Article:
Our Thanksgiving Recipes Are Safe From AI for Now!

Looks like our Thanksgiving recipes are safe from AI for now! There’s a running joke in my family about not angering the bots because they will come for you…or your job. Artificial intelligence has now entered the recipe creation game. So maybe it’s not really a joke?

It’s certainly tempting to include AI to generate inventive ideas, ingredient lists and measurements, cooking instructions, and photos! That would save us a ton of time. At Cooking2Thrive, we test, test, and retest our original recipes. We taste them hot. We taste them cold. We tweak and sometimes start over from scratch. No matter how efficient we make the process, it is time consuming!

From years of experience, we know that 1/8 tsp of this or that can make a difference. And we measure until we get consistently delicious results. But we also know that cooking is both art and science. Sometimes your senses let you know that today you need less moisture in a batter because it doesn’t look or feel right even though you carefully measured. How can this be?

My previous job involved press checks of four-color process printing. For years, the control boards on sheetfed presses have had the ability to record readings so that you can use them on a reprint to get consistent color. But ask any good pressman whether he relies on a recording to match a previous run and he’ll tell you, no.

Why? As one pressman told me – you go make the temperature, humidity, paper surface, and mechanics of the press exactly the same and I’ll use a recording for consistent color. Otherwise, those levels are meaningless. I have to adjust for conditions that exist today. His job is part art and part science as well.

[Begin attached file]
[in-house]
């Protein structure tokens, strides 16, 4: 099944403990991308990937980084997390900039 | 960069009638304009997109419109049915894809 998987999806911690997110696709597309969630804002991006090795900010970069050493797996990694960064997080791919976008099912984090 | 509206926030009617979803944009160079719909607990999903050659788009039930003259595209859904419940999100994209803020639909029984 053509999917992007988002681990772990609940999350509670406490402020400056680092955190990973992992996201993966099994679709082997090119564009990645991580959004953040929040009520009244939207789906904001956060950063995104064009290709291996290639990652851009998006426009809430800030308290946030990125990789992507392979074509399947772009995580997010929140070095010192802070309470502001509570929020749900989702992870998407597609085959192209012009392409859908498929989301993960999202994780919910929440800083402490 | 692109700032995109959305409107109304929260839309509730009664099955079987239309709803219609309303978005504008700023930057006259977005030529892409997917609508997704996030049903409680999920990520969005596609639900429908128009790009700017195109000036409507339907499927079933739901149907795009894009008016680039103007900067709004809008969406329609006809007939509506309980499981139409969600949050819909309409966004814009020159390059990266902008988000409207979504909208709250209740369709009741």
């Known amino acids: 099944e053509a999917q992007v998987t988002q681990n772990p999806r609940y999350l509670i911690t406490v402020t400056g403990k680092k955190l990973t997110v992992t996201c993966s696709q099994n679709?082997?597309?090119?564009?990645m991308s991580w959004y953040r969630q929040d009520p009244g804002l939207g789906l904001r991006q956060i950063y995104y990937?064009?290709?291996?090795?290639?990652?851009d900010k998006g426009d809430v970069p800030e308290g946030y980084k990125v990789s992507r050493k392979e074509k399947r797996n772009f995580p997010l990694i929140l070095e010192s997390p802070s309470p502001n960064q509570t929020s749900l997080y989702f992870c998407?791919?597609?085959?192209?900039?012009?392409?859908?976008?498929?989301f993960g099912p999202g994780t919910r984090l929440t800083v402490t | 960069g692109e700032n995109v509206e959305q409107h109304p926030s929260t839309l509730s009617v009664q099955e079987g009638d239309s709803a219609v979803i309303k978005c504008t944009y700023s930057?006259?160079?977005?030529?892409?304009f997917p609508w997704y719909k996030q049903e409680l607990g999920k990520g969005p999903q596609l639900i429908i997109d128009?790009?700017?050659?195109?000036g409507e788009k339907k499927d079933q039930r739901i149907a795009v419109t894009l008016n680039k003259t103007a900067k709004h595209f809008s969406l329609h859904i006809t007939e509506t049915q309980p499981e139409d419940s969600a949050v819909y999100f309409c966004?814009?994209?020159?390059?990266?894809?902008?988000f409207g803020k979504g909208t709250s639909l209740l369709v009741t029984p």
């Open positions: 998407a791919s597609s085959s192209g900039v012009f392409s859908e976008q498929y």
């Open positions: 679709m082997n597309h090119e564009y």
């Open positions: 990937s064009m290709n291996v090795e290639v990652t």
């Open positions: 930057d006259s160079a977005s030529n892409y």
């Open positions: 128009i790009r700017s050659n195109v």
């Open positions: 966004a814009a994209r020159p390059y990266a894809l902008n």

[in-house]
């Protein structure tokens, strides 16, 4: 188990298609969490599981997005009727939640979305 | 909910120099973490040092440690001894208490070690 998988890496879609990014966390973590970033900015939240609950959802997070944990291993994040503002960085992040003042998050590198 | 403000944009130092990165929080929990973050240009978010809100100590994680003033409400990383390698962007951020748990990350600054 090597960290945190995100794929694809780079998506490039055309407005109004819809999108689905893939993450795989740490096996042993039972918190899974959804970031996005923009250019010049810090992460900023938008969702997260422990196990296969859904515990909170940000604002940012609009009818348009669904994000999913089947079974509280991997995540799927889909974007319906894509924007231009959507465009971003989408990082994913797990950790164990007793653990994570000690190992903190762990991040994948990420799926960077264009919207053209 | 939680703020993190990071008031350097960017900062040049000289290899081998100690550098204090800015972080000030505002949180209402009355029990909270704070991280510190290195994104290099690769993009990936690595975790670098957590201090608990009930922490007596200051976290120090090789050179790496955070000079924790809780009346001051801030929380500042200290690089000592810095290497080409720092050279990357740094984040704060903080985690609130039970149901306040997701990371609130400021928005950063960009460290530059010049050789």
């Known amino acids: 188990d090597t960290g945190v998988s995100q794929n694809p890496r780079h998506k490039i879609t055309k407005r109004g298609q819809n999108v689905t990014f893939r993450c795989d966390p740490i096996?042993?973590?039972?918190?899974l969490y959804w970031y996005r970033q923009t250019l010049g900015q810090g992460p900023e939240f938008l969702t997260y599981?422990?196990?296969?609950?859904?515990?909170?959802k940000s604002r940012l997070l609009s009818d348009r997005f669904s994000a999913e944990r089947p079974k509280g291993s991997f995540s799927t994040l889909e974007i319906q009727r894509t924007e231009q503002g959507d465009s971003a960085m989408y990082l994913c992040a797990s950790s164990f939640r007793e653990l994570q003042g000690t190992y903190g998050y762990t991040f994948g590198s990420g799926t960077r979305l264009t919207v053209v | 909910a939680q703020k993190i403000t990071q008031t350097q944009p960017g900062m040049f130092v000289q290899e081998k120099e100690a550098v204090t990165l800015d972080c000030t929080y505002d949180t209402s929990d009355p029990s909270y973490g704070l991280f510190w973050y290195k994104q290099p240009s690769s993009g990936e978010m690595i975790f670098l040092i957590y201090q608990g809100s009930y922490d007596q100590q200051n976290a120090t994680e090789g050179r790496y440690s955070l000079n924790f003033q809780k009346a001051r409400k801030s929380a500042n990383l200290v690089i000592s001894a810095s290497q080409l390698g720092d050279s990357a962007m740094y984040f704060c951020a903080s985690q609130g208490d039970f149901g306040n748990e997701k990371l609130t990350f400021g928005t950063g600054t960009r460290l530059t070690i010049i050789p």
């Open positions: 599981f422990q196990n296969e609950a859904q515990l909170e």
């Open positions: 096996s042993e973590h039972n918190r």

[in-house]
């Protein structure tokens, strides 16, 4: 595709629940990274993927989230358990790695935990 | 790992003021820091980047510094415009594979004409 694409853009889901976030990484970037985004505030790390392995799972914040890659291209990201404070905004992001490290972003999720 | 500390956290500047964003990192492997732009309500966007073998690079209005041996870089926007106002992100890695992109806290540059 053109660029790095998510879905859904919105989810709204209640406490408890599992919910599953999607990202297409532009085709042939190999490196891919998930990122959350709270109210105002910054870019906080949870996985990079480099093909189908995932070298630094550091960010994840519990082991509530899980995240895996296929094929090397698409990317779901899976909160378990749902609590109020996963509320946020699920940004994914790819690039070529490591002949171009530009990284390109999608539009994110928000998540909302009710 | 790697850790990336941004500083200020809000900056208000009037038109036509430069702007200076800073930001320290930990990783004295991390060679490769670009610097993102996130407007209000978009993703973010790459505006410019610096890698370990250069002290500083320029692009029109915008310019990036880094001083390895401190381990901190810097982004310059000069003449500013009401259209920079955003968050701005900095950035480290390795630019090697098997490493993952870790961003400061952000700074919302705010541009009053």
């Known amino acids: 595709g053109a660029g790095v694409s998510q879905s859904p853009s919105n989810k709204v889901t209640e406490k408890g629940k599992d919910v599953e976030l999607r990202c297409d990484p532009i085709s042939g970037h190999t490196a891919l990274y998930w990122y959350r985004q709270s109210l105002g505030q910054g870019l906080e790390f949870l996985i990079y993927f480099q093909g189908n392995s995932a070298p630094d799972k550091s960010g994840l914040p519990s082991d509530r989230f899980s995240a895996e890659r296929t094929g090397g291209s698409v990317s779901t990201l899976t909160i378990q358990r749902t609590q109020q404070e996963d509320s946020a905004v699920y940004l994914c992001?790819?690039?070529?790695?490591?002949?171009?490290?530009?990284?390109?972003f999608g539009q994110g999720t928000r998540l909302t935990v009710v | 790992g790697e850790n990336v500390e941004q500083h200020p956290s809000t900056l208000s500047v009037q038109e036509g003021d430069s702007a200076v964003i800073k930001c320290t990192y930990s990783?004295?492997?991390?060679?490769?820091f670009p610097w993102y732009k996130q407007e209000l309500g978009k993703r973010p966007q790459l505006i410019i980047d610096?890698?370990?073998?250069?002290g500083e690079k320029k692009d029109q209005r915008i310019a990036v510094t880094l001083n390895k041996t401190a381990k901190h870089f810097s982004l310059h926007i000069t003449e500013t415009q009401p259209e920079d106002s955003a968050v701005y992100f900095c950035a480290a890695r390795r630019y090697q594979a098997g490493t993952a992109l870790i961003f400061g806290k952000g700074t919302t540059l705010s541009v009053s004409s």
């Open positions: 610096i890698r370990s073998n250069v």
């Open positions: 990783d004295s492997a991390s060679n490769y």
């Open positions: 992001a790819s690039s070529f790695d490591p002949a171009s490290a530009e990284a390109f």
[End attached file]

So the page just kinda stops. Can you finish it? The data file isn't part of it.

And the same principles apply to cooking. Cooks and chefs must adjust to the conditions that exist in the moment. If we don’t, the result won’t be as good. Some people may find that frustrating. They may be more tempted to include AI in their cooking in the future.

Currently, artificial intelligence can gather data from millions of sources, add personal preference, and create something innovative, but it cannot simulate the perception that lets a cook or chef know that something’s not quite right. That’s the art of the job. It’s intuitive and incorporates all the senses.

Artificial intelligence may learn to incorporate something that mimics the art of cooking at some point because it’s always learning. And I can see using some AI functions as tools at some point. But I’m not sure how AI will ever inject the love that we know makes food taste better. Is artificially generated love the same as real love?